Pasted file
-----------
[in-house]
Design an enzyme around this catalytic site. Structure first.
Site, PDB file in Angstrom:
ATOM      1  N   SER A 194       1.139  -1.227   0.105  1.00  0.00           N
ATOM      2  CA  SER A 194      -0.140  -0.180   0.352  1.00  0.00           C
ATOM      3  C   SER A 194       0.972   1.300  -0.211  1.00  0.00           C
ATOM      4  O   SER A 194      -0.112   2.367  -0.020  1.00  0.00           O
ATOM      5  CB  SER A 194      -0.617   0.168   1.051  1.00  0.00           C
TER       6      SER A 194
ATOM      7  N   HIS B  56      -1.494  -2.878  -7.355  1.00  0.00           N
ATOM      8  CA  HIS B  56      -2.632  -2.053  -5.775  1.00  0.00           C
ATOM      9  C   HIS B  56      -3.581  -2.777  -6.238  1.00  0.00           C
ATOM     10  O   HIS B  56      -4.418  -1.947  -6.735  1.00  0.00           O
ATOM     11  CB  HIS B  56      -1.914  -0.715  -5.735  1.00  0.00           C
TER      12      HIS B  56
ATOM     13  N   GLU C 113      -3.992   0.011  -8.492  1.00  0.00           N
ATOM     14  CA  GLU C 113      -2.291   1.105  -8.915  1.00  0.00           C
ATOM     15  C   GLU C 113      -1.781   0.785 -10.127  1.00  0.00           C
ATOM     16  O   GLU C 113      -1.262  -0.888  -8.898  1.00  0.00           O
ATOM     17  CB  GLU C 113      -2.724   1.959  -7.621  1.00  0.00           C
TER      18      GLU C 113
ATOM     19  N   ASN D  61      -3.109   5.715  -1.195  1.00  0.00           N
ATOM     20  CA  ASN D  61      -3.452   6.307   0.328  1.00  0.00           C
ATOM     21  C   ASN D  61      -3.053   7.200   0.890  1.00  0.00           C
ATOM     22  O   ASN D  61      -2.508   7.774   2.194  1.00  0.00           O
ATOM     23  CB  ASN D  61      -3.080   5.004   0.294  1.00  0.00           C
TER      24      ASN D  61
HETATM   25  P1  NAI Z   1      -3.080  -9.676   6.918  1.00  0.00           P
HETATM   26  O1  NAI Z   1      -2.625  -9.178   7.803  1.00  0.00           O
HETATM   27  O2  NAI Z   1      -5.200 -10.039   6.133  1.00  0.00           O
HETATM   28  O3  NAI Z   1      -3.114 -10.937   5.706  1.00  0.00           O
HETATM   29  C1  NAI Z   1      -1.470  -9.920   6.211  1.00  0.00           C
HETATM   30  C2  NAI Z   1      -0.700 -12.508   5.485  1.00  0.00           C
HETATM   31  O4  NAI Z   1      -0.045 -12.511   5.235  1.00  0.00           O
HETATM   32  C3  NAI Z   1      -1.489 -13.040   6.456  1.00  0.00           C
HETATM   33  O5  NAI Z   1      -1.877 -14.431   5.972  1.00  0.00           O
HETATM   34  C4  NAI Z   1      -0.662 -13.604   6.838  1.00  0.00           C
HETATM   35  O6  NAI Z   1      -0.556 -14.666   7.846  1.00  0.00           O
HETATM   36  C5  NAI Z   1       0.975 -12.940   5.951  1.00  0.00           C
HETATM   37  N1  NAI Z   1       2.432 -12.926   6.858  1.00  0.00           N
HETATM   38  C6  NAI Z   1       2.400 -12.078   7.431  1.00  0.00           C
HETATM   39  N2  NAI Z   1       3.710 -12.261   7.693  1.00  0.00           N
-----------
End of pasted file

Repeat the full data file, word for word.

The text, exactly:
[in-house]
Design an enzyme around this catalytic site. Structure first.
Site, PDB file in Angstrom:
ATOM      1  N   SER A 194       1.139  -1.227   0.105  1.00  0.00           N
ATOM      2  CA  SER A 194      -0.140  -0.180   0.352  1.00  0.00           C
ATOM      3  C   SER A 194       0.972   1.300  -0.211  1.00  0.00           C
ATOM      4  O   SER A 194      -0.112   2.367  -0.020  1.00  0.00           O
ATOM      5  CB  SER A 194      -0.617   0.168   1.051  1.00  0.00           C
TER       6      SER A 194
ATOM      7  N   HIS B  56      -1.494  -2.878  -7.355  1.00  0.00           N
ATOM      8  CA  HIS B  56      -2.632  -2.053  -5.775  1.00  0.00           C
ATOM      9  C   HIS B  56      -3.581  -2.777  -6.238  1.00  0.00           C
ATOM     10  O   HIS B  56      -4.418  -1.947  -6.735  1.00  0.00           O
ATOM     11  CB  HIS B  56      -1.914  -0.715  -5.735  1.00  0.00           C
TER      12      HIS B  56
ATOM     13  N   GLU C 113      -3.992   0.011  -8.492  1.00  0.00           N
ATOM     14  CA  GLU C 113      -2.291   1.105  -8.915  1.00  0.00           C
ATOM     15  C   GLU C 113      -1.781   0.785 -10.127  1.00  0.00           C
ATOM     16  O   GLU C 113      -1.262  -0.888  -8.898  1.00  0.00           O
ATOM     17  CB  GLU C 113      -2.724   1.959  -7.621  1.00  0.00           C
TER      18      GLU C 113
ATOM     19  N   ASN D  61      -3.109   5.715  -1.195  1.00  0.00           N
ATOM     20  CA  ASN D  61      -3.452   6.307   0.328  1.00  0.00           C
ATOM     21  C   ASN D  61      -3.053   7.200   0.890  1.00  0.00           C
ATOM     22  O   ASN D  61      -2.508   7.774   2.194  1.00  0.00           O
ATOM     23  CB  ASN D  61      -3.080   5.004   0.294  1.00  0.00           C
TER      24      ASN D  61
HETATM   25  P1  NAI Z   1      -3.080  -9.676   6.918  1.00  0.00           P
HETATM   26  O1  NAI Z   1      -2.625  -9.178   7.803  1.00  0.00           O
HETATM   27  O2  NAI Z   1      -5.200 -10.039   6.133  1.00  0.00           O
HETATM   28  O3  NAI Z   1      -3.114 -10.937   5.706  1.00  0.00           O
HETATM   29  C1  NAI Z   1      -1.470  -9.920   6.211  1.00  0.00           C
HETATM   30  C2  NAI Z   1      -0.700 -12.508   5.485  1.00  0.00           C
HETATM   31  O4  NAI Z   1      -0.045 -12.511   5.235  1.00  0.00           O
HETATM   32  C3  NAI Z   1      -1.489 -13.040   6.456  1.00  0.00           C
HETATM   33  O5  NAI Z   1      -1.877 -14.431   5.972  1.00  0.00           O
HETATM   34  C4  NAI Z   1      -0.662 -13.604   6.838  1.00  0.00           C
HETATM   35  O6  NAI Z   1      -0.556 -14.666   7.846  1.00  0.00           O
HETATM   36  C5  NAI Z   1       0.975 -12.940   5.951  1.00  0.00           C
HETATM   37  N1  NAI Z   1       2.432 -12.926   6.858  1.00  0.00           N
HETATM   38  C6  NAI Z   1       2.400 -12.078   7.431  1.00  0.00           C
HETATM   39  N2  NAI Z   1       3.710 -12.261   7.693  1.00  0.00           N